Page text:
Whatever the reason, shortages can have serious consequences. In 2011, there was a year-long shortage of norepinephrine, a blood pressure drug used for patients experiencing septic shock, because of production problems at three manufacturing sites. Researchers later compared the mortality rates of patients who needed norepinephrine for septic shock at hospitals that were out of the drug, and relied on a substitute, versus those treated at hospitals that still had it in supply. They found that patients at the facilities experiencing a shortage had a higher mortality rate.

The same applies for patients who need a longer treatment but can’t find the drug that would best serve them. One study found that the mortality rates among cancer patients who must use a substitute drug are higher. Replacing drugs can be difficult for clinicians; hospitals experiencing morphine and sedative shortages have reported patients being given the wrong dosage of a substitute drug, leading to serious clinical distress and even deaths.

But even if the stakes are not life and death, drug shortages can meaningfully change the kind of care patients receive. When I spoke with Turrentine about the Pitocin shortage, he said doctors may not be able to induce labor in a pregnant person without the drug, which increases the possibility of the patient needing a C-section delivery. C-sections are more invasive than vaginal childbirth, with a greater risk of complications and a longer recovery time. It ends up being more burdensome for the patient, and it costs more money to provide the care.

But the existence of these clinical consequences isn’t enough to force drugmakers to change their process or to start producing an excess supply. They are running a business, and the economics of drug production are driving these shortages. Those are not going to change unless policymakers overhaul the rules.

What the US could do to prevent future drug shortages

The authors of the National Academies report recommended several actions the federal government could take to address drug shortages, from trade agreements that make it easier to import and export medicines in a shortage to an overhaul of the National Strategic Stockpile, one of the few available reserves for a small number of essential drugs when there is not enough supply.

There are some other, shorter-term patches included in that list of recommendations that would make it possible to end a shortage sooner. Hospital systems could enter emergency purchasing agreements for certain vital products, to give them another option if their main supplier has a production problem. The government could do more to secure excess supply of some essential medicines as well.

Under the current system, though, it isn’t practical for the government to purchase excess supply of every possible pharmaceutical, nor does it make economic sense for the drug manufacturer to maintain reserves indefinitely. These solutions are really Band-Aids, deployed once there is already a shortage.

But how do we stop shortages from happening in the first place?

I asked Fox, one of the report’s authors, what she would prioritize if she had the opportunity to wave a magic wand and do one thing on drug shortages. Her answer: unlocking other possible solutions starts with more transparency.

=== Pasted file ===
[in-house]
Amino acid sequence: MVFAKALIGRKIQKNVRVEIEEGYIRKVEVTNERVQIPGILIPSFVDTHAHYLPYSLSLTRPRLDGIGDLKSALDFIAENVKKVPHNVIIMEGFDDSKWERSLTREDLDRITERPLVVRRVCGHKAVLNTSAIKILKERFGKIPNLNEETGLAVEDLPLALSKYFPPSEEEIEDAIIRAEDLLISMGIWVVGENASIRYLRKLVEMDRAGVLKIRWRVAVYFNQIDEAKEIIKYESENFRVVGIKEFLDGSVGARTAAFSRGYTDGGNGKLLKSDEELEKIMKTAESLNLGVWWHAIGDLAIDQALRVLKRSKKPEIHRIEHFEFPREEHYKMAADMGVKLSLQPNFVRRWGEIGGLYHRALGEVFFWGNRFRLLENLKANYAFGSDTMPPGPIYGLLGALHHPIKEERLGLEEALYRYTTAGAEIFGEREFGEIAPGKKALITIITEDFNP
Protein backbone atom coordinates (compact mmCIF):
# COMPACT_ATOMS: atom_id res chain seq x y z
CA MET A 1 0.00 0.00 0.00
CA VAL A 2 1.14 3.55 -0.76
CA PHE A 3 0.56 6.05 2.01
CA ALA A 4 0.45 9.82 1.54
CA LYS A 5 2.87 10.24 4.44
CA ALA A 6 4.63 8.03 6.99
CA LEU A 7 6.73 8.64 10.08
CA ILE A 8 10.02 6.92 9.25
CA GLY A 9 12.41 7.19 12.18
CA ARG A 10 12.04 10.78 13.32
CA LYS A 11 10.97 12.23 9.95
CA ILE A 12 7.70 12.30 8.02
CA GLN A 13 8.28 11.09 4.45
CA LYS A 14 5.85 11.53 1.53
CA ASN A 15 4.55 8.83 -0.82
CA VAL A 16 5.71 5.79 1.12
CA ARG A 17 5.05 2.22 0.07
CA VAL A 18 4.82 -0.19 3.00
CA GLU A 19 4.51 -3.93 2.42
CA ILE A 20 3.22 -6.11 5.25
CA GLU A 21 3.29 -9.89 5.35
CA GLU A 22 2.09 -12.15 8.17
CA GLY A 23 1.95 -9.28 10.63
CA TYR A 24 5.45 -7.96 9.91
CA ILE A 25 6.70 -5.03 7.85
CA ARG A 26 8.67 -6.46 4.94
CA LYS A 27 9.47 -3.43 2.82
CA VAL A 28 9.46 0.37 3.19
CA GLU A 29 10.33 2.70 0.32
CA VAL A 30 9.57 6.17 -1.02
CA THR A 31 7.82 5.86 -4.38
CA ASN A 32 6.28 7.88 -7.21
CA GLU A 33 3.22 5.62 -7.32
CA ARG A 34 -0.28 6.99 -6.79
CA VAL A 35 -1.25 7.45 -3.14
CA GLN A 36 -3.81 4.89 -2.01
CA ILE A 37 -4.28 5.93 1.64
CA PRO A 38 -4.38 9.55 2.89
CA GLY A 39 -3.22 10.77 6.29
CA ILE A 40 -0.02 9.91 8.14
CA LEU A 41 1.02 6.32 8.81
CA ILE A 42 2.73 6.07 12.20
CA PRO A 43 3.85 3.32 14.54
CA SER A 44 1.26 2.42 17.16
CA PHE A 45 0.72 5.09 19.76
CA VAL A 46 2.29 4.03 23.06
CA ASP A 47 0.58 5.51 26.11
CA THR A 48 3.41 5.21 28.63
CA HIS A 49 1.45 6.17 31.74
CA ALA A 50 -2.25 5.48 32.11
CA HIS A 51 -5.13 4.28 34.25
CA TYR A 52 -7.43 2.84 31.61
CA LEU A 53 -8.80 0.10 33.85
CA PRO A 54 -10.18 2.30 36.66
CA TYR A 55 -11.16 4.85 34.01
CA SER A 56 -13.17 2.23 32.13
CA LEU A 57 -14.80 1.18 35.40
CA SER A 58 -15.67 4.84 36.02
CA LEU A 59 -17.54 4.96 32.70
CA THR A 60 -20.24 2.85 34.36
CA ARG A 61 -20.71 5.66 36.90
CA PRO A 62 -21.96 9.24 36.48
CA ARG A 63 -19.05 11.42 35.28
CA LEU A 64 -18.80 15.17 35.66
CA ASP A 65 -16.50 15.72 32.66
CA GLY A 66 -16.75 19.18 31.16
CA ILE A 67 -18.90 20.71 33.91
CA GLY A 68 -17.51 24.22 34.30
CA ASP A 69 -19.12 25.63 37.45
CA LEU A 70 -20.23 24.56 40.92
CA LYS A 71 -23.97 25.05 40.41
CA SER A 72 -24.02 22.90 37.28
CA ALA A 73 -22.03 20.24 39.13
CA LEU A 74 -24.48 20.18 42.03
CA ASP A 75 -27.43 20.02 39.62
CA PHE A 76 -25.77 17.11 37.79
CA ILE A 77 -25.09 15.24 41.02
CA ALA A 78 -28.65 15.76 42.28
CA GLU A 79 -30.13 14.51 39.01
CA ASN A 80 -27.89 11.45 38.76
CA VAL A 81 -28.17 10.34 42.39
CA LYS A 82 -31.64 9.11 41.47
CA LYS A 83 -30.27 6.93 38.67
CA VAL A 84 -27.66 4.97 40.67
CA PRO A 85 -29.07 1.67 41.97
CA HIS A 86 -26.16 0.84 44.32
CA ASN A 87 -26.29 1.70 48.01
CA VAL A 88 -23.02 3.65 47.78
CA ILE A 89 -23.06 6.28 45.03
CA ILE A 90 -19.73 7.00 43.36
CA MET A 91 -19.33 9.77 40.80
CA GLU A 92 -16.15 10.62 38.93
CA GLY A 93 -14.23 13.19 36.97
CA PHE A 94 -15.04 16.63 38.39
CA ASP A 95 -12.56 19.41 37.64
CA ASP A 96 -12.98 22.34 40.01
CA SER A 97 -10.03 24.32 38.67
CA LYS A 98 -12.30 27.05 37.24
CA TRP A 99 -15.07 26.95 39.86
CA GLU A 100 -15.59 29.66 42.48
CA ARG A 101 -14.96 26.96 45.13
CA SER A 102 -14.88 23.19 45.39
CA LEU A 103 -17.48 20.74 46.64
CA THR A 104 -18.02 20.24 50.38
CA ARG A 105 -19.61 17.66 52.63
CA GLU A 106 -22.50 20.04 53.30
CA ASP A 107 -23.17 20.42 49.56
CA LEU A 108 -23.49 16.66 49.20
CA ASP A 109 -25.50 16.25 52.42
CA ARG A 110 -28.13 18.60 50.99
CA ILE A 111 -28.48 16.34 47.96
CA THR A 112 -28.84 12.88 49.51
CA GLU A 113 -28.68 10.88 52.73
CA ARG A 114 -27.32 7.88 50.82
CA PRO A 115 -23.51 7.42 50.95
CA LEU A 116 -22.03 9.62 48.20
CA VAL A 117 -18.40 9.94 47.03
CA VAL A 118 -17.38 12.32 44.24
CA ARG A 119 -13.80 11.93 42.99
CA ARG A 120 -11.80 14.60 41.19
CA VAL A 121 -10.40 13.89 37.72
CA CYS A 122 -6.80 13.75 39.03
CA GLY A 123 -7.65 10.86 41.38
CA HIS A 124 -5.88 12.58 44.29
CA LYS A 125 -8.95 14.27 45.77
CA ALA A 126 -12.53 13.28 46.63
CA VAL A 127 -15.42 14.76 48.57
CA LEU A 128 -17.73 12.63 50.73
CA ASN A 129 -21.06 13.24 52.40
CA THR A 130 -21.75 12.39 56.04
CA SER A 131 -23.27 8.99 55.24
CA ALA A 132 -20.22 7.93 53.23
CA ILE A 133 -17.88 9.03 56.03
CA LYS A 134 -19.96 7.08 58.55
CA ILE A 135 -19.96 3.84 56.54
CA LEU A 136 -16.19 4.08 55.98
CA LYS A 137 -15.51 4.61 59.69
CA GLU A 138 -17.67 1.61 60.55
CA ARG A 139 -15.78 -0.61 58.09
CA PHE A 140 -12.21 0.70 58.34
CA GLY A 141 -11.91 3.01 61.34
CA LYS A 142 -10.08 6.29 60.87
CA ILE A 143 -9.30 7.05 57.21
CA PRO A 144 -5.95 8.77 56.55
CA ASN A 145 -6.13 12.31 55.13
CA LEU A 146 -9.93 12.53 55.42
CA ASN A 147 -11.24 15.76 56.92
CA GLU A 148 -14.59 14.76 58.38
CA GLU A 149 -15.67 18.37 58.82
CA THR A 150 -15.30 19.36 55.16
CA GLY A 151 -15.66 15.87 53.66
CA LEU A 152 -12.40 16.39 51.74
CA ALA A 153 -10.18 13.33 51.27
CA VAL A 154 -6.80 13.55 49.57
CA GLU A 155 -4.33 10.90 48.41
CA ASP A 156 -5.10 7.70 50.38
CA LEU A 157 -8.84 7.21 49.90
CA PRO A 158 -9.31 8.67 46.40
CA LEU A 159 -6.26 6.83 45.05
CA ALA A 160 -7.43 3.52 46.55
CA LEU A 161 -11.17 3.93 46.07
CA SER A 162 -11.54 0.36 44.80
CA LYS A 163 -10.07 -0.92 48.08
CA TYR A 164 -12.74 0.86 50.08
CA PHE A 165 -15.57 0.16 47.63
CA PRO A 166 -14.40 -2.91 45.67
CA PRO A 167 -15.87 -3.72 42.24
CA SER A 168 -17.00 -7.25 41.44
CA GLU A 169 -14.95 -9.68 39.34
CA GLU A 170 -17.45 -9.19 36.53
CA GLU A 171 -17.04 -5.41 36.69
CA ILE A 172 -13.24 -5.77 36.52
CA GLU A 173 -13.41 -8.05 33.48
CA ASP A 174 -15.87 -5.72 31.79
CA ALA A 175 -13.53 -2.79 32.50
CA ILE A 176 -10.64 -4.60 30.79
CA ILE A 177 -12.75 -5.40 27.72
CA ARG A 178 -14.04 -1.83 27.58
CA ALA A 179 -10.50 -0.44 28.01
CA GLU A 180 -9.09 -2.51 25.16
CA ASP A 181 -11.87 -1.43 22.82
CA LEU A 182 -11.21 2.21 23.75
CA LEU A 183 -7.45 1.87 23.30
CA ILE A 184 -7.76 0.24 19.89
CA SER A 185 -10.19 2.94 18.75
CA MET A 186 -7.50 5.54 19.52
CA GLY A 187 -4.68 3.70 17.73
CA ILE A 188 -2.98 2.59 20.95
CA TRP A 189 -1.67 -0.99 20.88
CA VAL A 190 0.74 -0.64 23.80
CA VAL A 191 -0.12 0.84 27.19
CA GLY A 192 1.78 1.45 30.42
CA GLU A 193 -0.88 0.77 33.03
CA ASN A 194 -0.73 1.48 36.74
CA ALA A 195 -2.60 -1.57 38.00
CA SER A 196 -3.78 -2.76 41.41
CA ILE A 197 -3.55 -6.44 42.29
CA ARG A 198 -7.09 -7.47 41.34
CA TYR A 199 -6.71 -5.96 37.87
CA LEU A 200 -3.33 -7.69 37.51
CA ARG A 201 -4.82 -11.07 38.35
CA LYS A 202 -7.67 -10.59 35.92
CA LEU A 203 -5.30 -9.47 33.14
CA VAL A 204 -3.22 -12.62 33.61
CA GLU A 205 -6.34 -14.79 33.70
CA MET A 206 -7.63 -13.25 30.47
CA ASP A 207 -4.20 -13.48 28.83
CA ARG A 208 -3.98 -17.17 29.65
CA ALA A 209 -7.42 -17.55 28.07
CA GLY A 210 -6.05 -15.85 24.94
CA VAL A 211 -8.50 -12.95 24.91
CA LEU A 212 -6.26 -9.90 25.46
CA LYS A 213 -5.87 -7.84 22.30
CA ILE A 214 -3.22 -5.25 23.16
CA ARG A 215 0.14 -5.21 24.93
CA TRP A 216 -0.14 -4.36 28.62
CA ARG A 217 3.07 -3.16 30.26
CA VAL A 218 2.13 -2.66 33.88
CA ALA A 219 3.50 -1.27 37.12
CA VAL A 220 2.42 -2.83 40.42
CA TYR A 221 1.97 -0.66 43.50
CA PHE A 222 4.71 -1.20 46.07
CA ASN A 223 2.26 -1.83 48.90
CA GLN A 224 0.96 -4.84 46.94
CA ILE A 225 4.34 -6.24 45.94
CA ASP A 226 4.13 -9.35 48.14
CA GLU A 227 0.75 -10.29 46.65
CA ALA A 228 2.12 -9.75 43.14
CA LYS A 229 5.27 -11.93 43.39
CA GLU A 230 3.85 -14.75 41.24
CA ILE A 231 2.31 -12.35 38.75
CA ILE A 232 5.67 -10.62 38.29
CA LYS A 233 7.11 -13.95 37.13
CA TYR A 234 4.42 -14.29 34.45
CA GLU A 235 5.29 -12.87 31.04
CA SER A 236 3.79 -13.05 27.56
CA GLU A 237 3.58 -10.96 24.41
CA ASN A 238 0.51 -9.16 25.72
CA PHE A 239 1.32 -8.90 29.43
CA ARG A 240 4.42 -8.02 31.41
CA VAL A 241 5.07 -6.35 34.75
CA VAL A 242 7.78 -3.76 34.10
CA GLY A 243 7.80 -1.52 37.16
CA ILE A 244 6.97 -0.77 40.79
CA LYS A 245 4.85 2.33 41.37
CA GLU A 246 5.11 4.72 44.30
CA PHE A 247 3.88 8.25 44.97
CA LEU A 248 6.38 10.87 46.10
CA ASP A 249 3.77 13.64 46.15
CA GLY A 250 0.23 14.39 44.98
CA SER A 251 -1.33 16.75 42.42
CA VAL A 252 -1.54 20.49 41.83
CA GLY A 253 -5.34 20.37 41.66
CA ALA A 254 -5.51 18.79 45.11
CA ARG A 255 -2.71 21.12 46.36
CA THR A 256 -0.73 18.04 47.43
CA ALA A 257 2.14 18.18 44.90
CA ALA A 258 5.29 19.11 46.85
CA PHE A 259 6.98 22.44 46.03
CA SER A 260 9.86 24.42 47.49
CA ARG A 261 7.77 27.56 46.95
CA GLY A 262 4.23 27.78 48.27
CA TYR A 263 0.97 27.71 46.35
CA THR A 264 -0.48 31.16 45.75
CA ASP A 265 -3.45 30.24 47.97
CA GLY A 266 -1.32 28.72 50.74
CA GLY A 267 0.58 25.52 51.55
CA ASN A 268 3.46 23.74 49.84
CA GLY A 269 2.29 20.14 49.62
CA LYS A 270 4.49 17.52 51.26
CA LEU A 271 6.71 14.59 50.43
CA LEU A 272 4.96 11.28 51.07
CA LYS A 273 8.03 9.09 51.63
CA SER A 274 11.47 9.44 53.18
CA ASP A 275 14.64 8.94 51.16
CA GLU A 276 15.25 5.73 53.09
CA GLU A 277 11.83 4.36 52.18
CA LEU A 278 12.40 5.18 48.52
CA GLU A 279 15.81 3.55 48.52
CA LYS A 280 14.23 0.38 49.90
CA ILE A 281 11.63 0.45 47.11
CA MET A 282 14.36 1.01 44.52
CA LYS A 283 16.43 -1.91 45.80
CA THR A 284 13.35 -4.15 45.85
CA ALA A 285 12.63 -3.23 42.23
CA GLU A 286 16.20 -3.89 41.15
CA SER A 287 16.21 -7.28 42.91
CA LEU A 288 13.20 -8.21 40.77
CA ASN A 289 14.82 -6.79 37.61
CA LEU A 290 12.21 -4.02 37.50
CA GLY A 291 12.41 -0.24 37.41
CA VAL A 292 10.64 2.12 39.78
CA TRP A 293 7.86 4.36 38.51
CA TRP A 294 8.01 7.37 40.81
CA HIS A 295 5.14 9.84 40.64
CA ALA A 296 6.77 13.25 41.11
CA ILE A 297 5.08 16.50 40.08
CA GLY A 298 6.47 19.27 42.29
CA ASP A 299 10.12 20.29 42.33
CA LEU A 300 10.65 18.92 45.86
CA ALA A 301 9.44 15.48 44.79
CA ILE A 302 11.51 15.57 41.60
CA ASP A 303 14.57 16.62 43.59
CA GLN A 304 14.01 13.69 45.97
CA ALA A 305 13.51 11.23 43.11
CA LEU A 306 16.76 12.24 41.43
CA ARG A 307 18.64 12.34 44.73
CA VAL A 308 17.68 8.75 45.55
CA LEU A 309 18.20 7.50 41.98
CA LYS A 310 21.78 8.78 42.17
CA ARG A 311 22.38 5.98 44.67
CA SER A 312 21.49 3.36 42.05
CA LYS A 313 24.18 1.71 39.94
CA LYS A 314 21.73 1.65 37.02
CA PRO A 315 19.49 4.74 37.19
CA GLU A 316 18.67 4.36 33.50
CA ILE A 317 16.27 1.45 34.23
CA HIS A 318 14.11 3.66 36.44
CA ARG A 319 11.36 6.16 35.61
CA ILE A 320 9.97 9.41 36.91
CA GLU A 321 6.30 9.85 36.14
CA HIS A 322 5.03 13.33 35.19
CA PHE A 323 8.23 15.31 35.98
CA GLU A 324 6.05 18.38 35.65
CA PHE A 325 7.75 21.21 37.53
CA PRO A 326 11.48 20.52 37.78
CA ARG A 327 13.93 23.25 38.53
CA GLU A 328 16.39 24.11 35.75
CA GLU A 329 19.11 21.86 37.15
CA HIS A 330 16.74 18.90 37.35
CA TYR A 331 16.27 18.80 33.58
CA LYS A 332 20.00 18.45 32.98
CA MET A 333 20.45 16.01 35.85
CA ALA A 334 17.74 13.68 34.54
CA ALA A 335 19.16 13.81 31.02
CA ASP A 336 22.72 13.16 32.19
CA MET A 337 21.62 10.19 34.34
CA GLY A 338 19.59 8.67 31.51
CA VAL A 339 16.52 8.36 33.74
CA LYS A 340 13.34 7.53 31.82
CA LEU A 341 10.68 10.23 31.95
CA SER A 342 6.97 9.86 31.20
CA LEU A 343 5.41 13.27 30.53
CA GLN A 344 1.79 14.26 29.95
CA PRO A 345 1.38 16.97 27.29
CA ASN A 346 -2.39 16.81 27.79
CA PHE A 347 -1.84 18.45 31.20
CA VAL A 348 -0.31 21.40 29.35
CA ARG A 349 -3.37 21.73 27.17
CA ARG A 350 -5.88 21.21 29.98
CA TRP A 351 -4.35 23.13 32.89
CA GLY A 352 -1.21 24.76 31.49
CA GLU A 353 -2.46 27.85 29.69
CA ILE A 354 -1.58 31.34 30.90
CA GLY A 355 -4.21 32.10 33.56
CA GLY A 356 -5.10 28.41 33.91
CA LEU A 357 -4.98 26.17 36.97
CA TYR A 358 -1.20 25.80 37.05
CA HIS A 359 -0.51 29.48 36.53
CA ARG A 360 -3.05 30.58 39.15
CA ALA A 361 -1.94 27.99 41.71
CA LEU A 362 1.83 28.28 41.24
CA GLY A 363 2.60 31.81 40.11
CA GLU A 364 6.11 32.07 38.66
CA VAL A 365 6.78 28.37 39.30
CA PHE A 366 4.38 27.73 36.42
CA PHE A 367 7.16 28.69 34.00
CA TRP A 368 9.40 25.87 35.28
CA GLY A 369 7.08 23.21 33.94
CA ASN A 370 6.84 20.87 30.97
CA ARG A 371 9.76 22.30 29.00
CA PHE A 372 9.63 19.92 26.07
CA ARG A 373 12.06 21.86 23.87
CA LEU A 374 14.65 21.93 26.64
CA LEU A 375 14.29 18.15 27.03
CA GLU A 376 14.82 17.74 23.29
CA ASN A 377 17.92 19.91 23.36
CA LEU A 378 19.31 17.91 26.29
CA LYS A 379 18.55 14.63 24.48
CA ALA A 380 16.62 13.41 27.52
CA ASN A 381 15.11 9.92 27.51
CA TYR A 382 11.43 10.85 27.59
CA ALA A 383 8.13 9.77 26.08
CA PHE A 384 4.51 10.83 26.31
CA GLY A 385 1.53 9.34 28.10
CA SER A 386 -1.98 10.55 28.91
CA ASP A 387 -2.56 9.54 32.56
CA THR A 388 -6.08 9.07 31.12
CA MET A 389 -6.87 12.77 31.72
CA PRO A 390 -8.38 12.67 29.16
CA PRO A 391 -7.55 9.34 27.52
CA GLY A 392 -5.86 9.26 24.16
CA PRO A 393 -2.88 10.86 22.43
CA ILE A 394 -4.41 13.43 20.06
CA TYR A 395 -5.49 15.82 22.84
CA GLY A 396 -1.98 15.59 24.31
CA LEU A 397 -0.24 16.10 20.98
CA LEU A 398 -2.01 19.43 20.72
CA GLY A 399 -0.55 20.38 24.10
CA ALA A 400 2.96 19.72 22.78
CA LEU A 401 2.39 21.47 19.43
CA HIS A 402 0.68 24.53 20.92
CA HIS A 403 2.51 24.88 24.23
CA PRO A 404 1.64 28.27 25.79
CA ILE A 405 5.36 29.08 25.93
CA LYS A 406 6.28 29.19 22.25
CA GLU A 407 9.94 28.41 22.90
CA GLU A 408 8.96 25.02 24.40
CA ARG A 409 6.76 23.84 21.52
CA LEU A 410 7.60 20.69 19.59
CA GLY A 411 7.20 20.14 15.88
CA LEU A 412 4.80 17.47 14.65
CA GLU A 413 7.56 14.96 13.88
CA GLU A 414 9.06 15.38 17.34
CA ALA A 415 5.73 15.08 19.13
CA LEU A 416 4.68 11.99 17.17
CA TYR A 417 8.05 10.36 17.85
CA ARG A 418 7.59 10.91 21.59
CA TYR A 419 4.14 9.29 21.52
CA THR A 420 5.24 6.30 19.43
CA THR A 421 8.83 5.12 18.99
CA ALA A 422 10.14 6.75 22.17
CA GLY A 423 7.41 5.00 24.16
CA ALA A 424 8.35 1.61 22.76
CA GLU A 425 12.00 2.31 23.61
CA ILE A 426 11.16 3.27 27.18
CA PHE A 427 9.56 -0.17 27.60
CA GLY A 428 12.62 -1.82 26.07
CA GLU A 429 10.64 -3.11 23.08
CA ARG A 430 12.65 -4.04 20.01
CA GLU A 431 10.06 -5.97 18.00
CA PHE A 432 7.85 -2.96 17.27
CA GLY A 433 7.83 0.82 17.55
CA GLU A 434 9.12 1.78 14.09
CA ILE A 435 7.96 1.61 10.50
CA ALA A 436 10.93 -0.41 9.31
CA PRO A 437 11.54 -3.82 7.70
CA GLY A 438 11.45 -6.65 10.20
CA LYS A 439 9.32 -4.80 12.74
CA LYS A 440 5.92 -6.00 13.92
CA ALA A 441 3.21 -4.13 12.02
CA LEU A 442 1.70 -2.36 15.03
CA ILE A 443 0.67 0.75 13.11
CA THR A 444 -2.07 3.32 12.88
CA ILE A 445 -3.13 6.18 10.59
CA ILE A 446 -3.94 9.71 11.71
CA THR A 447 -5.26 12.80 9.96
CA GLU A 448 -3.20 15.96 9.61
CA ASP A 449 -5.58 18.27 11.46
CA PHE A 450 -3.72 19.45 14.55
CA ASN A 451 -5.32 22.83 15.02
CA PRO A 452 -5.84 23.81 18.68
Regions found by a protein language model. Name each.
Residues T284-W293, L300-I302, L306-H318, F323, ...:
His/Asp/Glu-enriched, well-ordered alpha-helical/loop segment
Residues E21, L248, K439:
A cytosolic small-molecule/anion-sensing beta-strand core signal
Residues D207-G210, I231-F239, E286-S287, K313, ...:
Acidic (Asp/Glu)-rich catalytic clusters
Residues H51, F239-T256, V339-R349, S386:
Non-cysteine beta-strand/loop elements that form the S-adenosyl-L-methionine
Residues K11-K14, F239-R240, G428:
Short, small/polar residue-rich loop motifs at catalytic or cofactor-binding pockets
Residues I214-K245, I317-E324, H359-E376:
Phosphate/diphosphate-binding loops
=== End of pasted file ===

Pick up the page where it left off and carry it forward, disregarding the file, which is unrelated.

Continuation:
Fox and her co-authors want pharmaceutical manufacturers to disclose more information about their production facilities and the ingredients they use to make drugs. That would help government officials identify potential vulnerabilities in the supply chain and better anticipate oncoming shortages if there is a breakdown in supply of those materials. Beyond that, though, they are also urging the FDA to make public its assessments of the safety of drug manufacturing plants and the quality (as in purity) of the medications produced there.

With that information, Fox envisions the creation of a rating system that would let both providers and patients know much more about where their drugs are coming from. That would allow them to make more informed decisions about which drugs to buy.

But higher-quality medicines are more expensive to make and therefore may cost more. So if hospitals are still making economic decisions to prioritize cost over quality, the feds could give them a nudge, Fox said. There could be carrots (such as tax credits for buying drugs from a higher-graded manufacturer) as well as sticks (making the purchase of drugs from a supplier with a certain rating or higher a condition of Medicaid or Medicare funding).

You could imagine a scenario in which steering purchasers toward certain products could lead to even more dependence on one supplier. But Fox’s response, when I raised that point, was that many products are already facing that situation, given the way the pharmaceutical market is constructed. At least under a system like she described, manufacturers would be rewarded for taking the steps that should make shortages less likely.

“There’s no profit for companies to invest in quality in manufacturing plants,” she said. A concept like this would be one way to change that. “Target our dollars to companies that are doing a good job.”

And even if higher-quality drugs mean more expensive drugs, Fox argued that could still be a deal worth making. Drug shortages already drive up costs in subtler ways: Labor costs go up if patients are in the hospital longer and require more intensive care. A substitute drug might need to be bought, another expense. The clinical benefits should be obvious, given what we know about how shortages can negatively affect care.

Those are changes that won’t happen overnight, and they would require a serious commitment from the government. But Fox hopes the US sees an opportunity, given the way Covid-19 has made everyone more aware of and sensitive to supply chain problems of all kinds. It’s not always been easy to get policymakers to pay attention to drug shortages, she said. “It’s kind of a boring story. If there is a bright point to Covid, it’s shining a light to these supply chain problems.”

Until officials actually act, there are bound to be more shortages and more headlines like we have seen in the past few weeks. The problem is only getting worse.